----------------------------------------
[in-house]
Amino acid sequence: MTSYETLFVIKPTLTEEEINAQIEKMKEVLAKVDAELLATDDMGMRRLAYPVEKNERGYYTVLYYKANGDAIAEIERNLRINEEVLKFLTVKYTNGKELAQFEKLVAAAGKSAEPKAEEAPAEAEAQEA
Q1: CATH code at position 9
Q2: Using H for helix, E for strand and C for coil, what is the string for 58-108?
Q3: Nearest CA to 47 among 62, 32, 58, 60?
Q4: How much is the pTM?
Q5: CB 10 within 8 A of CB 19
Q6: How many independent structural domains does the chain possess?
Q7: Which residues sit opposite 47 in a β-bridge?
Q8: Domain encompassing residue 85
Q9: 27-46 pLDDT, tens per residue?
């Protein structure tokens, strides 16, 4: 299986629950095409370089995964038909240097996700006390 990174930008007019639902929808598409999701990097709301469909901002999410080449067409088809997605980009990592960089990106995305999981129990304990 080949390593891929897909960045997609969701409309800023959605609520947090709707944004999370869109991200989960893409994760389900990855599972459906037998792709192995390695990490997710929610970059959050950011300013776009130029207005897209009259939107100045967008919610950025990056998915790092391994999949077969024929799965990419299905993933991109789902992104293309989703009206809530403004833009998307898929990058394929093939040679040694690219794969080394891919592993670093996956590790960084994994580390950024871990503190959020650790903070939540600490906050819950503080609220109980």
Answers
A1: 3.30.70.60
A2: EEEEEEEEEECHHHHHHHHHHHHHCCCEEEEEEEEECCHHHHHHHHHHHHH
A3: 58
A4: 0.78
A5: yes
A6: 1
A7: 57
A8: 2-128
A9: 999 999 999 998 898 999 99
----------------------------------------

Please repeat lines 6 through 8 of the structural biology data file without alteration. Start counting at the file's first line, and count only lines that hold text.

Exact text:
Q4: How much is the pTM?
Q5: CB 10 within 8 A of CB 19
Q6: How many independent structural domains does the chain possess?